Death-Row Inmate Jorge Galindo Petitions Federal Court to Vacate Convictions for U.S. Bank Killings in 2002

Norfolk, Nebraska – Death-row inmate Jorge Galindo is seeking to have his convictions and sentence for the U.S. Bank killings in 2002 vacated. This comes after an unsuccessful bid for the Nebraska Supreme Court to rehear his case, following a split decision in September affirming a District Court judge’s decision to deny Galindo postconviction relief without an evidentiary hearing. Galindo and two others were convicted for the shooting deaths of five people during a bank robbery in Norfolk in 2002. Galindo was sentenced to death five times for his involvement in the deadly incident.

In 2019, Galindo filed a motion for postconviction relief, claiming prosecutorial misconduct and ineffective counsel. Despite these allegations, the Nebraska Supreme Court recently ruled against granting him a hearing to explore these claims. However, a partial dissent from Justice Jonathan Papik showed a differing opinion, stating that Galindo should be granted an evidentiary hearing to further investigate the claims of prosecutorial misconduct.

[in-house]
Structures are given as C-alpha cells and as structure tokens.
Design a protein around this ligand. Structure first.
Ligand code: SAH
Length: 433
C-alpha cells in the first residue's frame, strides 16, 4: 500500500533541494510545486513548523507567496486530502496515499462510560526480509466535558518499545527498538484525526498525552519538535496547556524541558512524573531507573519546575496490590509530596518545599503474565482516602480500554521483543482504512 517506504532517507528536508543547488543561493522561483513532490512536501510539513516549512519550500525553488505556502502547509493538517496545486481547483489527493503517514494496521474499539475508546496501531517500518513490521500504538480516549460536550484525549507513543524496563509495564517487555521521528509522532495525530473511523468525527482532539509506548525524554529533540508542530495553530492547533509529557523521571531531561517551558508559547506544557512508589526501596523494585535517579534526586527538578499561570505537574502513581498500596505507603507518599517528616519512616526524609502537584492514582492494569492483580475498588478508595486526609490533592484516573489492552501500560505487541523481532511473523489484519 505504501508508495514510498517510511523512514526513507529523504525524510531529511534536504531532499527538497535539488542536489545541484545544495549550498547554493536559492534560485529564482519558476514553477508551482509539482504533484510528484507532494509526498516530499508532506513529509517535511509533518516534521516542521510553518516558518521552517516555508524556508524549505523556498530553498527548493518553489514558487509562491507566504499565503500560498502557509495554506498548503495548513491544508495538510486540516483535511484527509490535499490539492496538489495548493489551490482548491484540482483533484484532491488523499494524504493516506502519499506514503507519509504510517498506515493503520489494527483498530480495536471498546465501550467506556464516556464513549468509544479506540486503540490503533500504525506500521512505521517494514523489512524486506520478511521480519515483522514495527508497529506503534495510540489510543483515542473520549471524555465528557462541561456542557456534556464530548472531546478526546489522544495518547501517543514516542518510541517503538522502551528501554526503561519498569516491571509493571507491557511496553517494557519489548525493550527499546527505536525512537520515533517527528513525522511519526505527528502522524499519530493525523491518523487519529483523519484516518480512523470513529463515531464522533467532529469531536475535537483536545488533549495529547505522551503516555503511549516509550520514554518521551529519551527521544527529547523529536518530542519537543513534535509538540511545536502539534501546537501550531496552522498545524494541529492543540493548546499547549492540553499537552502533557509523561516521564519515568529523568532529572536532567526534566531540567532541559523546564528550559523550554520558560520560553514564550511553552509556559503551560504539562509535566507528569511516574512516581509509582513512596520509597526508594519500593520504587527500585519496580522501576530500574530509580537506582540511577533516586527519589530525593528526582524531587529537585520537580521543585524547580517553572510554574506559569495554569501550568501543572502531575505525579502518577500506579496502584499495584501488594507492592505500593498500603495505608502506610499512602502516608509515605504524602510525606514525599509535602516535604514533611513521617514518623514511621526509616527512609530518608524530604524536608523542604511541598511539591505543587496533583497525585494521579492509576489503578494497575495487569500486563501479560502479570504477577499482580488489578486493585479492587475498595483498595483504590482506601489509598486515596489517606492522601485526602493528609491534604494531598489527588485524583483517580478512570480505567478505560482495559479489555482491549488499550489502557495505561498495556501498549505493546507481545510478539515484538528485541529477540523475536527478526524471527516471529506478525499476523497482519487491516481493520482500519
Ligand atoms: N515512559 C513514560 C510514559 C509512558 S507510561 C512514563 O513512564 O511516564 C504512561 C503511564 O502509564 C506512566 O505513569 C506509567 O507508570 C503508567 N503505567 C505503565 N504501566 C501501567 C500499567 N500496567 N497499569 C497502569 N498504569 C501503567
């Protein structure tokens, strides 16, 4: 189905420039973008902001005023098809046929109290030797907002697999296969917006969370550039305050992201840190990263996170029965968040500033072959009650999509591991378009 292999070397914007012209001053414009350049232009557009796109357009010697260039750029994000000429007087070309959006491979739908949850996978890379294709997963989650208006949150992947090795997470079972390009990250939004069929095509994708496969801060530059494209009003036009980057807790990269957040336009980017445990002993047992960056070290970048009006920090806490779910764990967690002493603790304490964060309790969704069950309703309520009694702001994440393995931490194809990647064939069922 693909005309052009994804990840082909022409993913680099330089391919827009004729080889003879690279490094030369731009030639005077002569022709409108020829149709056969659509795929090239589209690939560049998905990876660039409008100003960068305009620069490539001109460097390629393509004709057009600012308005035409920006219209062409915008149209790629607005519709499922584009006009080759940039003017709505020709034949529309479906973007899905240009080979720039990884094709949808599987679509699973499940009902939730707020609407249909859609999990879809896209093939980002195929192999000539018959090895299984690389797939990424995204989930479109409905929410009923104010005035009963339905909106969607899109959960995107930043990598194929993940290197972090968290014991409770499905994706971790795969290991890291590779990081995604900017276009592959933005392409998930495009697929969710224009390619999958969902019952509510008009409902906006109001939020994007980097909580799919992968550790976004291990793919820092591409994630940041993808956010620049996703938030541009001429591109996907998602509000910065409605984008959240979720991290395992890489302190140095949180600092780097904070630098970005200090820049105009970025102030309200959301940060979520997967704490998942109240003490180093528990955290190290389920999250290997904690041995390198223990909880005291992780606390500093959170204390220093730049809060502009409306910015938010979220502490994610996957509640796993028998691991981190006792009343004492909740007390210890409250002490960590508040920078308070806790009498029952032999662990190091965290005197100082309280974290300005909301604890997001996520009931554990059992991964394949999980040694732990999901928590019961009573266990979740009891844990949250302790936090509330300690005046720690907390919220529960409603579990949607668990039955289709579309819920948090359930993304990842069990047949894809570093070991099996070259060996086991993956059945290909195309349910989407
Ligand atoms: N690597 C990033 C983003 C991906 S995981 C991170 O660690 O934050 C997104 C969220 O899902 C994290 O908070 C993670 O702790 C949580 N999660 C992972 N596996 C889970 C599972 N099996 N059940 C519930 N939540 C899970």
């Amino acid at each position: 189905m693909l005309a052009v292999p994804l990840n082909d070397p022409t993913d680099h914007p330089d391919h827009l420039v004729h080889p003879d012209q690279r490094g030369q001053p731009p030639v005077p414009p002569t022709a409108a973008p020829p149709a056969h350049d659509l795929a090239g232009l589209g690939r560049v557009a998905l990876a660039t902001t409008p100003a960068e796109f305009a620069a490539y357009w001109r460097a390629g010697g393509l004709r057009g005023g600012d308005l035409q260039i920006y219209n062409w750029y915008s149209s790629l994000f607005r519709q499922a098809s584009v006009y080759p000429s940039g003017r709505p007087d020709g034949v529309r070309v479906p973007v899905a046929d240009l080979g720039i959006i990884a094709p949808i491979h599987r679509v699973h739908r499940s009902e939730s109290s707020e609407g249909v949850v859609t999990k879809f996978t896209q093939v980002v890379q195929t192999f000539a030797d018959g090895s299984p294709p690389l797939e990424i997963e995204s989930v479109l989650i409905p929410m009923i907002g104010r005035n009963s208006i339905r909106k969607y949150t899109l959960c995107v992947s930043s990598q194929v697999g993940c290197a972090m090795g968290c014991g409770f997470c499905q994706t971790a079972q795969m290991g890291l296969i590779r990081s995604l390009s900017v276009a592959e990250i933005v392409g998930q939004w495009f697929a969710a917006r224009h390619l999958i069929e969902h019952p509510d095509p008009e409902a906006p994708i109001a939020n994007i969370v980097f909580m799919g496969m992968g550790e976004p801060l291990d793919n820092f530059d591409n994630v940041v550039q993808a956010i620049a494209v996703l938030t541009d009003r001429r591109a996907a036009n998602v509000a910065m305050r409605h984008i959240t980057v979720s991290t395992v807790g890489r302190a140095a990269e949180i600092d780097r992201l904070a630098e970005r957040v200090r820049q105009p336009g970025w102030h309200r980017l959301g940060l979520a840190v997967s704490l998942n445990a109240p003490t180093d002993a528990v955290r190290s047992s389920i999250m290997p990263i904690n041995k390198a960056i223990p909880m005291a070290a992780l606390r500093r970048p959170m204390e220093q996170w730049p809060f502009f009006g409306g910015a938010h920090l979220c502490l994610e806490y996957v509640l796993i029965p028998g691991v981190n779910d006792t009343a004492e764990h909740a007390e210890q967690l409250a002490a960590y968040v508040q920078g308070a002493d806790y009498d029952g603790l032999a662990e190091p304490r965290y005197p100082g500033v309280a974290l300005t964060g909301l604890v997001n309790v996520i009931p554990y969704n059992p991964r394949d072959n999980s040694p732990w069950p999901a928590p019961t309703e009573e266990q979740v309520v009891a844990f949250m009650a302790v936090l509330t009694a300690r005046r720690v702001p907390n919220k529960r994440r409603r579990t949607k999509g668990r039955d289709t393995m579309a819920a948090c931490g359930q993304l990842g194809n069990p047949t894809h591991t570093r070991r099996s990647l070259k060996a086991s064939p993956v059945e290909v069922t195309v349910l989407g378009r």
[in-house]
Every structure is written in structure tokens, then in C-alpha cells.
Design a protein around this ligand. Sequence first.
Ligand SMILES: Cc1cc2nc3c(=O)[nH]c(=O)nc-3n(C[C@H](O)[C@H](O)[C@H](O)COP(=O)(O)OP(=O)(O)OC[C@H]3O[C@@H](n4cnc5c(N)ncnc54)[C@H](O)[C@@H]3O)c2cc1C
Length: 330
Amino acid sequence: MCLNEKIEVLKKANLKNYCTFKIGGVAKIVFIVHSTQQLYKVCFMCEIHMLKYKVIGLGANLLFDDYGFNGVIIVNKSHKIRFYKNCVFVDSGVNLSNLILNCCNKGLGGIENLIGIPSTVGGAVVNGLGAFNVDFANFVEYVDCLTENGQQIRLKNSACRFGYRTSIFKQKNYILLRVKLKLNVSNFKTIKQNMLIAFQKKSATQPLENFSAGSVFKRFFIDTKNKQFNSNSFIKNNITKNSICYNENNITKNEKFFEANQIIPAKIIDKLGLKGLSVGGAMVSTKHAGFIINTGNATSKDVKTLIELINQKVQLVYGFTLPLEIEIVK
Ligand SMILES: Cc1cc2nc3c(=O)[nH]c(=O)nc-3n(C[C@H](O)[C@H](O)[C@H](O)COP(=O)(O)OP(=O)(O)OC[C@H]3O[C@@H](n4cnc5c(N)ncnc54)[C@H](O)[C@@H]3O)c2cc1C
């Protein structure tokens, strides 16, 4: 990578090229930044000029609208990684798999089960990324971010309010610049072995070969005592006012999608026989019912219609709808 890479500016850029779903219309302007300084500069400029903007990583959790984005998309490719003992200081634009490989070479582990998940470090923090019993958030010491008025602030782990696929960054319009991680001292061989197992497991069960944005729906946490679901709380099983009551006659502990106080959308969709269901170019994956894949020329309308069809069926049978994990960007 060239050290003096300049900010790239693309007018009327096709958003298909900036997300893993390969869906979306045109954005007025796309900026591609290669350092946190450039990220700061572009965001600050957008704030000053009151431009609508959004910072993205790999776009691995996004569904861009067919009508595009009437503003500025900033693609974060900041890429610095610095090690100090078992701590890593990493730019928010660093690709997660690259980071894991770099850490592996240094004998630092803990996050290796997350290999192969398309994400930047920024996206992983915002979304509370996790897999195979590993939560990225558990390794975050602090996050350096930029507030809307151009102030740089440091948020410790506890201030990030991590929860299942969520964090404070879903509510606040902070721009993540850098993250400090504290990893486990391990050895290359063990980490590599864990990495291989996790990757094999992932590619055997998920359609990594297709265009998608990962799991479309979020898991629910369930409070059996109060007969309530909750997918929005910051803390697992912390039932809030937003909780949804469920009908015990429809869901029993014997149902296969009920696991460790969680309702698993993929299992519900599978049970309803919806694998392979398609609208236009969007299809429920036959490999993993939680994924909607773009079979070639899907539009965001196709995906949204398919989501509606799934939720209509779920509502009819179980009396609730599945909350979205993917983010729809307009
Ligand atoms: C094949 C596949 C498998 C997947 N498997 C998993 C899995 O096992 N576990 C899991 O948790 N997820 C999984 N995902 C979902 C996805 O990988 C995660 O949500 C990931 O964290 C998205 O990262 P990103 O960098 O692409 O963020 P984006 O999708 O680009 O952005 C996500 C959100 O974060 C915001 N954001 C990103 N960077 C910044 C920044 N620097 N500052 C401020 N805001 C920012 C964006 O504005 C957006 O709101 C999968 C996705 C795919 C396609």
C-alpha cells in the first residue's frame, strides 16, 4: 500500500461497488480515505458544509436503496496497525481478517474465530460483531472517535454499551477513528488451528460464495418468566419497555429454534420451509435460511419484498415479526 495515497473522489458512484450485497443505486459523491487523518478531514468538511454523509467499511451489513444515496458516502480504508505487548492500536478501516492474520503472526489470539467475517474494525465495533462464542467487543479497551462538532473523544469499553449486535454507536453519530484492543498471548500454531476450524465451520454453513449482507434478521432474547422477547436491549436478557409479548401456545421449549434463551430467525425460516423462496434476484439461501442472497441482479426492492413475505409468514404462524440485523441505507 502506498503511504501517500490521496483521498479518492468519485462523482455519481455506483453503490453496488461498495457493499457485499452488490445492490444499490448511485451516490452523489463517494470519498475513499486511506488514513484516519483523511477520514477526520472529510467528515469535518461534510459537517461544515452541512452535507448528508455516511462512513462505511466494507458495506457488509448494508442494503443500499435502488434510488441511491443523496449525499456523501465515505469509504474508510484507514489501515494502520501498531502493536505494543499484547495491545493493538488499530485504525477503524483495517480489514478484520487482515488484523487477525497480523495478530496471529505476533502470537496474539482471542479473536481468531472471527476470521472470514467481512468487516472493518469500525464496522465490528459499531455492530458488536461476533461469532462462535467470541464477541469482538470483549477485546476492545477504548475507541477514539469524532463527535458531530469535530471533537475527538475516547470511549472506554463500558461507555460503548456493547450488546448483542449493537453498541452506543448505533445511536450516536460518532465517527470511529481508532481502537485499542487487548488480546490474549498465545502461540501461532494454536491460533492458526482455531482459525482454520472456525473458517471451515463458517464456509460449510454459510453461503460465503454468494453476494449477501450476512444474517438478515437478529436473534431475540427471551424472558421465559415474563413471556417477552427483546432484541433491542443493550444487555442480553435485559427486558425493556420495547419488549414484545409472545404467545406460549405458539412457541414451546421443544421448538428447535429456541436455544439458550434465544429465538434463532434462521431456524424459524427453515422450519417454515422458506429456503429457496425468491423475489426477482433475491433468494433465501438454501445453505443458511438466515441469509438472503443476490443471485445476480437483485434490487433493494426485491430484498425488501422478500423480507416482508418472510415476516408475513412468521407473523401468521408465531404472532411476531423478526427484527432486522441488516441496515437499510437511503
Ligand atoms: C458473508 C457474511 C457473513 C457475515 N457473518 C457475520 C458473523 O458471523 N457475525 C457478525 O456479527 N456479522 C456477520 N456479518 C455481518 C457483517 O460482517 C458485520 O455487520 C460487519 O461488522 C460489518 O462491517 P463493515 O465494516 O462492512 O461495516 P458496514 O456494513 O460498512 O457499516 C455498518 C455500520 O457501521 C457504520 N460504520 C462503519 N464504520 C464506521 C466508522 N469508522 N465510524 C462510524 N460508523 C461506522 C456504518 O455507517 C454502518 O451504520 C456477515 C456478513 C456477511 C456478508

Following the court’s decision, Galindo’s attorney filed a motion to stay the mandate from being issued while seeking a federal review of the case. Two days later, a 375-page petition for a writ of habeas corpus was filed on Galindo’s behalf, raising 37 claims.

The case involving Jorge Galindo raises important questions surrounding prosecutorial conduct and the appeals process for death-row inmates. The complex legal battle continues as Galindo seeks to have his convictions and sentences overturned. The outcome of this case could have far-reaching implications for how similar cases are handled in the future, and it underscores the importance of thorough and fair legal proceedings in capital punishment cases.